Giant Spider In The Pants

Giant Crab Spider
Giant Arizona Crab Spider

While at work today, I got a frantic phone call from my four year old daughter.

“Daddy,” she cried. “I went to put on my pants and out jumped a big spider!”

“It’s scary Daddy!” “We caught in a jar.”

After a examining the spider, and talking to some spider control professionals, I was able to determine that the spider in question was a Giant Arizona Crab Spider; a common spider in Arizona.

My Daughter Found a Giant Crab Spider In Her Pants

So this is how it all went down. My daughter had been swimming in her inflatable swimming pool the previous day. Caught up in all of the excitement, she jumped into the pool completely dressed, and didn’t bother putting on her swimming suit. Obviously, while doing so her pants got wet. After swimming, she hung them up to dry, inside the house over a chair near our kitchen table. Upon returning to the dry pants the next morning she made a horrific discovery.

As my daughter went to put on her now dry pants, a giant brown spider leaped off of them and ran across the floor and up the wall. She screamed! She called for her mom who captured the spider in a jar so it could be identified.

At first it was believed to be a very poisonous and potentially deadly desert recluse spider. I brought the spider into work, and asked the spider control professionals here at Bulwark Exterminating what kind of spider it was. It was quickly determined that the spider found in my daughter pants was not a deadly desert recluse, but a Giant Arizona Crab Spider.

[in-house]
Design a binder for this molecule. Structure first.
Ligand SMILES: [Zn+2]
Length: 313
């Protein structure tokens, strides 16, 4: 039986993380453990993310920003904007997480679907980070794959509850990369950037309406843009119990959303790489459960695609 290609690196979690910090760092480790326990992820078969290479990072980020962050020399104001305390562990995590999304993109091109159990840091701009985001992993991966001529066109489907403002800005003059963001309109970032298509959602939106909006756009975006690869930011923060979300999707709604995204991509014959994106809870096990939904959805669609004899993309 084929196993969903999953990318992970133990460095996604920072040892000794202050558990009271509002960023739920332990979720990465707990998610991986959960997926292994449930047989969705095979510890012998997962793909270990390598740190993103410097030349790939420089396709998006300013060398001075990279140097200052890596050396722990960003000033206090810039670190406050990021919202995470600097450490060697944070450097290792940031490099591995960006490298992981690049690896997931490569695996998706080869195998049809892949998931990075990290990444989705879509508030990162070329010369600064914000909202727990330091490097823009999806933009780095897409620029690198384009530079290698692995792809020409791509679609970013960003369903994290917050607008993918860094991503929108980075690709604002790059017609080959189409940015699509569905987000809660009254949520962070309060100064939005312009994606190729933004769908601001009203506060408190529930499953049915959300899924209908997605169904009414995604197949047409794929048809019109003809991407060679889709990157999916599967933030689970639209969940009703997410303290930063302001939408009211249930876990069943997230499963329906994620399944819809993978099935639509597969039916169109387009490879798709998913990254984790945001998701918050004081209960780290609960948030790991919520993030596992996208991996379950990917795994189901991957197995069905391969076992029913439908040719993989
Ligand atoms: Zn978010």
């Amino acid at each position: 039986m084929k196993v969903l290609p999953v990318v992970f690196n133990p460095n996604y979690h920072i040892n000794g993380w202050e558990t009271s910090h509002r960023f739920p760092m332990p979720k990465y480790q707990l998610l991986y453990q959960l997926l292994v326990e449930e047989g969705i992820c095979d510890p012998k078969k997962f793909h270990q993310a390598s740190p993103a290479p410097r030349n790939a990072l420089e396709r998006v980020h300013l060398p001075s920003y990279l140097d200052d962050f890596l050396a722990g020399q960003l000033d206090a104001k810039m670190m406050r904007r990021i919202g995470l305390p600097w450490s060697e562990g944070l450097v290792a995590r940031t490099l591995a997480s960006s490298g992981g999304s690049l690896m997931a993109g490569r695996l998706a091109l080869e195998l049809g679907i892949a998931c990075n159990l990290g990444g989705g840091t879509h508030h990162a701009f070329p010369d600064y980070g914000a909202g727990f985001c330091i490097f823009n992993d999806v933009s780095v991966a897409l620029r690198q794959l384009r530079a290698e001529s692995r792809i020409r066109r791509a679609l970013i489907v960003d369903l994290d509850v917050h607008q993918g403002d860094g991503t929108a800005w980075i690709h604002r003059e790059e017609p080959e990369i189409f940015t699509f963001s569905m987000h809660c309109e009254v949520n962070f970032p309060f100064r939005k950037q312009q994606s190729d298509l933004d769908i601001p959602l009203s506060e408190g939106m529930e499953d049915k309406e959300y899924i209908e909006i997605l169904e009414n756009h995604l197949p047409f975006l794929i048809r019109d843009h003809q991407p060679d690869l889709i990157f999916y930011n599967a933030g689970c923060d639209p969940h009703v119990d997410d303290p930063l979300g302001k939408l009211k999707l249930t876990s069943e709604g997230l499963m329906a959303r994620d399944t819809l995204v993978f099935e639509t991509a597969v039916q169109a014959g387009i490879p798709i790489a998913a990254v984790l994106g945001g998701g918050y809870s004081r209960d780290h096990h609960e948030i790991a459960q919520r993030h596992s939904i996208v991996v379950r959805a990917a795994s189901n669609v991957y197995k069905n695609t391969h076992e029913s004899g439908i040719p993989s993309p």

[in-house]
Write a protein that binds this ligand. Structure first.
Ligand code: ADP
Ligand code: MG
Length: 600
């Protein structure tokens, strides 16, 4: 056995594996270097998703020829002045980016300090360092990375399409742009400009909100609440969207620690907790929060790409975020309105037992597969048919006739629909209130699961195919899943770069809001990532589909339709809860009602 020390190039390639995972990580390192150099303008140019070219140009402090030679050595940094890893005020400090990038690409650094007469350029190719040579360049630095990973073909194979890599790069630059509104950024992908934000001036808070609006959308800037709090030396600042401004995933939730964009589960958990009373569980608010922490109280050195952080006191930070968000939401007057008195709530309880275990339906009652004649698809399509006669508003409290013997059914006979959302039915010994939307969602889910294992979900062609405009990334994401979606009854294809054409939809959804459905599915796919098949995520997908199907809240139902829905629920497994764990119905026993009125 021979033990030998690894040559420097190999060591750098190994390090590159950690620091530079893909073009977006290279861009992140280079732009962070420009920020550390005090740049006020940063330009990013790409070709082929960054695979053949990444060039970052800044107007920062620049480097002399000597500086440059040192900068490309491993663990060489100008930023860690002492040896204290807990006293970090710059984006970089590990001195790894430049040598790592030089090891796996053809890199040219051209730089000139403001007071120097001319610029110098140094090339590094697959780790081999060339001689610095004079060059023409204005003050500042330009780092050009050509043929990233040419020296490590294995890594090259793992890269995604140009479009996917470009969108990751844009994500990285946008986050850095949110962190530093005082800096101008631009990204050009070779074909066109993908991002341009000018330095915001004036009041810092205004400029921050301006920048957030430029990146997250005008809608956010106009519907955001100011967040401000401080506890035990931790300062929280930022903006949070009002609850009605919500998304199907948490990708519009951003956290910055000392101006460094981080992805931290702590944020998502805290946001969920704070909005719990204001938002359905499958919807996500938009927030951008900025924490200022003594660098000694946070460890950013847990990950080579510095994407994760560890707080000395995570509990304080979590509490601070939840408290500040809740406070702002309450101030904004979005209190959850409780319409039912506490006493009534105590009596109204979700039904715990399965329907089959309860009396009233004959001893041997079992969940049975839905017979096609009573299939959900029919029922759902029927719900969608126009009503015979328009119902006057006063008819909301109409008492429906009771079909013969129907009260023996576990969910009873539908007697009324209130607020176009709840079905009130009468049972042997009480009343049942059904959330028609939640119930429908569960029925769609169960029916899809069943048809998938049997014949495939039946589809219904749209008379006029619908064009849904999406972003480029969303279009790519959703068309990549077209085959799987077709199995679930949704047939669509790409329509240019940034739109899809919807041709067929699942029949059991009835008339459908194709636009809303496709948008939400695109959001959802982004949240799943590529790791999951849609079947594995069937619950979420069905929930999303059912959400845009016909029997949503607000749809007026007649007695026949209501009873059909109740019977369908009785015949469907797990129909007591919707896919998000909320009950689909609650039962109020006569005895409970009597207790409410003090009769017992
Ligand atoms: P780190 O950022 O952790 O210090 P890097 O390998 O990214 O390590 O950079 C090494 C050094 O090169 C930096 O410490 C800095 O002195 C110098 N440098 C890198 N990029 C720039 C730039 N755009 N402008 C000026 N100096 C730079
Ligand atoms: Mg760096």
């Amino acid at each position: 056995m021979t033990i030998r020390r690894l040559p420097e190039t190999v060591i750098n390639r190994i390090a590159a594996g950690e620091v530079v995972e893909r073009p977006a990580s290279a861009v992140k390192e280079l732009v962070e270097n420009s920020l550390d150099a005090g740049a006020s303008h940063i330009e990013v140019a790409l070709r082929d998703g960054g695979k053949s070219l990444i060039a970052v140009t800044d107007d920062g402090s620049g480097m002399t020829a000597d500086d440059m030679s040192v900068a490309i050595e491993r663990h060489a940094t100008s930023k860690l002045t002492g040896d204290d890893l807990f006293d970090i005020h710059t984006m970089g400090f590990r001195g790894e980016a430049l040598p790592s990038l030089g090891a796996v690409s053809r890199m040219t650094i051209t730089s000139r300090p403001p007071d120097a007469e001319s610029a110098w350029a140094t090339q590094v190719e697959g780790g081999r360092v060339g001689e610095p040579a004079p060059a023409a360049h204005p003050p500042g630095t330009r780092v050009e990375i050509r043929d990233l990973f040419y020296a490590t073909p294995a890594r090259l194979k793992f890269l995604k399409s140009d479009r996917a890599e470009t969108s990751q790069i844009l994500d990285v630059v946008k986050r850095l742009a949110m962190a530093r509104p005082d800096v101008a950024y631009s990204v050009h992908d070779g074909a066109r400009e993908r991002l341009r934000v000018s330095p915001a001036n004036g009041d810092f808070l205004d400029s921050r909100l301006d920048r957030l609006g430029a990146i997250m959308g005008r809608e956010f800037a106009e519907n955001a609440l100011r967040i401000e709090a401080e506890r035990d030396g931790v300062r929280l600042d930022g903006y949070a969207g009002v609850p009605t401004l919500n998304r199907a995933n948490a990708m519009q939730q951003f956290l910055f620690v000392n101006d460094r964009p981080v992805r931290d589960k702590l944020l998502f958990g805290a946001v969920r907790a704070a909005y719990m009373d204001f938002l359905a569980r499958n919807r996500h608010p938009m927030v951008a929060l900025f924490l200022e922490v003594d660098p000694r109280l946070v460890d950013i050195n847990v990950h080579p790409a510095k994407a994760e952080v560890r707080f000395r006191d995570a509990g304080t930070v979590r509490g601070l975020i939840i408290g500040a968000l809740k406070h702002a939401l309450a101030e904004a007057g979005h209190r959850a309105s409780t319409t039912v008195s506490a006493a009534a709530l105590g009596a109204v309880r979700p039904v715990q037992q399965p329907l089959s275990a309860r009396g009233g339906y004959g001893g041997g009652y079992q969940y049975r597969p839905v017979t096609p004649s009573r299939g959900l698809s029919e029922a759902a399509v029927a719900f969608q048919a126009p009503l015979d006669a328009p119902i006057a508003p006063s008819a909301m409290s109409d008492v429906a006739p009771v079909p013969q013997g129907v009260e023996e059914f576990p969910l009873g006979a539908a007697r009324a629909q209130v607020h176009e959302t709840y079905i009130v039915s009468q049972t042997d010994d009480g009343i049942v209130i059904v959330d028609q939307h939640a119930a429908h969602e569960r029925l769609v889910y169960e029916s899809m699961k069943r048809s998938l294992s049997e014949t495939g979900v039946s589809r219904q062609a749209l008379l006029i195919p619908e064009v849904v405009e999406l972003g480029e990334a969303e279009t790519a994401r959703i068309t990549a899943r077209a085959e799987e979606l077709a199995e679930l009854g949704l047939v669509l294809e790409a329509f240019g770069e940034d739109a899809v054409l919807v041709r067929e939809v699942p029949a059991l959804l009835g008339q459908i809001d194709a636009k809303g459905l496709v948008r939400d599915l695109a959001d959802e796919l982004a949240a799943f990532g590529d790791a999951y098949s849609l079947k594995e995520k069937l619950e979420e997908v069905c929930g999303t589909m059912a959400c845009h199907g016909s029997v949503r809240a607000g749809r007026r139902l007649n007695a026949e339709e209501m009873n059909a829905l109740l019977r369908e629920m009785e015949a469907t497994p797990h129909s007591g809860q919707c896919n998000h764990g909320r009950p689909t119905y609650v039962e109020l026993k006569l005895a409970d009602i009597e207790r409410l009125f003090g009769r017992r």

Giant Crab Spider
Giant Crab Spider

After a few “Oooohs” and “Awes,” “Yikes” and “Wows” from everybody in the office, I set the spider free so it could continue keeping us all free from roaches, crickets, and other annoying pests.

The spider was likely attracted to the moisture in my daughters then wet pants, as spiders need water to survive just like the rest of us.

Giant Crab Spiders

Called Giant Crab Spiders because their legs extend sideways like a crab, these spiders also move side-to-side to catch prey much like a crab would. They can be huge, measuring almost three inches across in diameter.

The huge spider is a tannish brown in color, and appears to be wearing black socks on each of its eight legs. The spider has big black jaws called chelicerae that it uses to crunch crickets and other insects it devours. Because of it’s size and coloring, it’s often times confused for a Wolf spider. Giant Crab spiders are easy to distinguish from Wolf spiders because they are great climbers, while Wolf spiders are not.

Although extremely intimidating in nature, Giant Crab spiders are not dangerous even though they can bite. Reportedly the bite is painful.

Giant Crab spiders are common in Arizona, California, Florida, Georgia, Louisiana, Nevada, New Mexico, North Carolina, Texas, and Utah.


Anthony Ball is a Content Marketing Manager with Bulwark Exterminating, an industry leader in providing high quality pest control service. Bulwark is fully operational in nine states, including thirteen major cities. While Bulwark provides pest extermination for common pests like ants, roaches, crickets and spiders; the company's differentiating aspect is great personalized service. Bulwark uses the finest and most effective products in the world to solve common pest problems.

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